A five-year project developed by a Vassar College assistant professor of physics has been awarded $410,000 from the National Science Foundation.
David T. Bradley gained the funding via the Faculty Early Career Development Program that “supports junior faculty who exemplify the role of teacher-scholars.”
Among his interests is what happens to sound when it hits a solid object. Results could enhance a classical music concert or deaden the bang-bang-bang of an urban jackhammer.
The funds will enable Bradley to further his investigations and integrate them into the Vassar curriculum, providing hands-on laboratory experiences. The grant also supports the expansion of Bradley’s efforts to introduce acoustics topics to high school students, with particular attention to students groups underrepresented in the sciences.
Highlights of what the grant will make possible include:
• creation of 10 undergraduate summer research positions at Vassar;
• addition of $150,000 in acoustics research equipment for the Vassar physics department;
• collaboration with the IBM Acoustics Laboratory in Poughkeepsie; and
• extension of a physics workshop series for ethnic minority high school students from the Bronx.
“Acoustics is a highly multidisciplinary field, very much in keeping with the directions of the Vassar curriculum,” Bradley said in a statement. “The NSF award further lays the foundation for an extensive acoustics program at the college.”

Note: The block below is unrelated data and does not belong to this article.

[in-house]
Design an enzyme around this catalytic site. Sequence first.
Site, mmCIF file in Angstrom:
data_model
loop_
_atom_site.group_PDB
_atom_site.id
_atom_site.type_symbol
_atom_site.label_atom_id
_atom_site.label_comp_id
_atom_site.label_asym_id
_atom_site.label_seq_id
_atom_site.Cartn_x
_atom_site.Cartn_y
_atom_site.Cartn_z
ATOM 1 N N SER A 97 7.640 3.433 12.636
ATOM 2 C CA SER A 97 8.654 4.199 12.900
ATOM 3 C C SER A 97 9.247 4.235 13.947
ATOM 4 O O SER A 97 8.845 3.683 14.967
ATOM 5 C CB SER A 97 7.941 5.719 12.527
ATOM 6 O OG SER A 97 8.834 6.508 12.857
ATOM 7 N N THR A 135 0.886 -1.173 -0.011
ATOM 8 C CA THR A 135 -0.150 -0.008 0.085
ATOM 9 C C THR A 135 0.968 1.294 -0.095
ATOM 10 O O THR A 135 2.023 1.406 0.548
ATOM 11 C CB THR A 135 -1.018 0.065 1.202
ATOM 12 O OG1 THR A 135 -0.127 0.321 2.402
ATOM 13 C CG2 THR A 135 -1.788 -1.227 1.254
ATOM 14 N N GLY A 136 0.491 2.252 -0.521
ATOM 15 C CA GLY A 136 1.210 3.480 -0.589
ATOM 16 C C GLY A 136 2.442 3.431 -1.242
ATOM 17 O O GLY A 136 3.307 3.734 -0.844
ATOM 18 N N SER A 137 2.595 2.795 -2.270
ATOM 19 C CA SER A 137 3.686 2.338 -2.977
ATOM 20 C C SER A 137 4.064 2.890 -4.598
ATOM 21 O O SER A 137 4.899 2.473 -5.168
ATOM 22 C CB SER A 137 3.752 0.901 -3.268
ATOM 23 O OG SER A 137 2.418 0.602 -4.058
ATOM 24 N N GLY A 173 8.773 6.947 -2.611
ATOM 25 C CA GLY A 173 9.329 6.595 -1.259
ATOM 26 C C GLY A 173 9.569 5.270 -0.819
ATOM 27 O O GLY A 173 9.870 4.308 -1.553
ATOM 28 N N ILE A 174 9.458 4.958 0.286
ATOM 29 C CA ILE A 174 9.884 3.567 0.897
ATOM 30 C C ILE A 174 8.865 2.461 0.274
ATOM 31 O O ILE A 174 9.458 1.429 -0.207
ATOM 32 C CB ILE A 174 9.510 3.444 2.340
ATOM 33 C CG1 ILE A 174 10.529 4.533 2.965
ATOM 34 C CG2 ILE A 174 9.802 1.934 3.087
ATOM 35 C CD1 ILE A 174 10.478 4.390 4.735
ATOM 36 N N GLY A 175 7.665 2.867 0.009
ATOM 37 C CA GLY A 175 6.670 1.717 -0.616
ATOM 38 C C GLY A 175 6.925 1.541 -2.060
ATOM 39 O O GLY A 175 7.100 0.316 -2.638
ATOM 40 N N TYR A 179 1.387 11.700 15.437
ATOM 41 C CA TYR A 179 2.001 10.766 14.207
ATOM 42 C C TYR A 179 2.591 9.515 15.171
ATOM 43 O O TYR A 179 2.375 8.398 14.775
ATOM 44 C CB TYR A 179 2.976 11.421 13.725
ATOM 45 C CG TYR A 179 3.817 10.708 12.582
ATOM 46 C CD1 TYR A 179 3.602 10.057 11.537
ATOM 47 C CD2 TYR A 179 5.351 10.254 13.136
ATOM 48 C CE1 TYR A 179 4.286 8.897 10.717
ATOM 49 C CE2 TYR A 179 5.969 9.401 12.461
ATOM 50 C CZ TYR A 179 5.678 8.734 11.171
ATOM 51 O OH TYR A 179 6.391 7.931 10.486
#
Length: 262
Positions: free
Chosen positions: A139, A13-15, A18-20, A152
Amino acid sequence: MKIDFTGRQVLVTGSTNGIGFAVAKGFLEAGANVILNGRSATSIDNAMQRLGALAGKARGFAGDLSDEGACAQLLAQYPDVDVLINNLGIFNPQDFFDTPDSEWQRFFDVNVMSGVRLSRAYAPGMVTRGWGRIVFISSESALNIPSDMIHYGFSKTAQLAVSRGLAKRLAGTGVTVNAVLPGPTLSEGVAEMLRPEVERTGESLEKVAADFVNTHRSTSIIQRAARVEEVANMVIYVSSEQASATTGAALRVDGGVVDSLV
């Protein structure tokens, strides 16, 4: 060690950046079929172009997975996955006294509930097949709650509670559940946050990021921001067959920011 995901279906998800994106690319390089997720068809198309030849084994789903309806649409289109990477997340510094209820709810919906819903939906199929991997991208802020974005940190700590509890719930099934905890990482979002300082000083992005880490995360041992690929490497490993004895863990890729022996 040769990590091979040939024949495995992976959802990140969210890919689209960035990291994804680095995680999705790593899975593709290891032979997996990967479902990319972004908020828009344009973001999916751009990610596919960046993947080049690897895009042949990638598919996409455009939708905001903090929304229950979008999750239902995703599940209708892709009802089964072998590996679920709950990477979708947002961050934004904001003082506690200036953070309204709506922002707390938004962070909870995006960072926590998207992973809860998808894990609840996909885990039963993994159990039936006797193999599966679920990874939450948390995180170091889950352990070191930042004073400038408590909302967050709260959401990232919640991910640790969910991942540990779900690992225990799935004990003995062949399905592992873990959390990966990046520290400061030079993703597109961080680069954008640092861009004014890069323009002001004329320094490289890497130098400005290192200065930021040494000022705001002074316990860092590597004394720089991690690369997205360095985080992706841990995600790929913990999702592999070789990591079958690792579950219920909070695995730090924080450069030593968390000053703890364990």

In advance of Bradley joining the physics and astronomy department in 2007, Vassar built a new acoustics laboratory to support his teaching and research.
Bradley’s current research seeks to characterize the behavior of reflected sound from surfaces used in acoustically sensitive spaces, like concert halls and classrooms.
While reviewing the research literature to prepare his grant proposal, Bradley found little information related to architectural engineering about acoustic scattering from fractal surfaces. And, he points out, the scientific significance of his research extends much further. “It combines two fundamentally cross-disciplinary topics: boundary scattering and fractal geometry. Scattering has major implications in the study of several acoustics sub-fields, including sound energy behavior in rooms, noise in urban environments, and boundary interaction problems in acoustical oceanography and underwater acoustics.”
Bradley teaches both introductory and upper-level physics courses, a two-course sequence in electromagnetic theory, an advanced acoustics course and a physics of sound course for nonmajors. He also teaches in Vassar’s multidisciplinary cognitive science and media studies programs.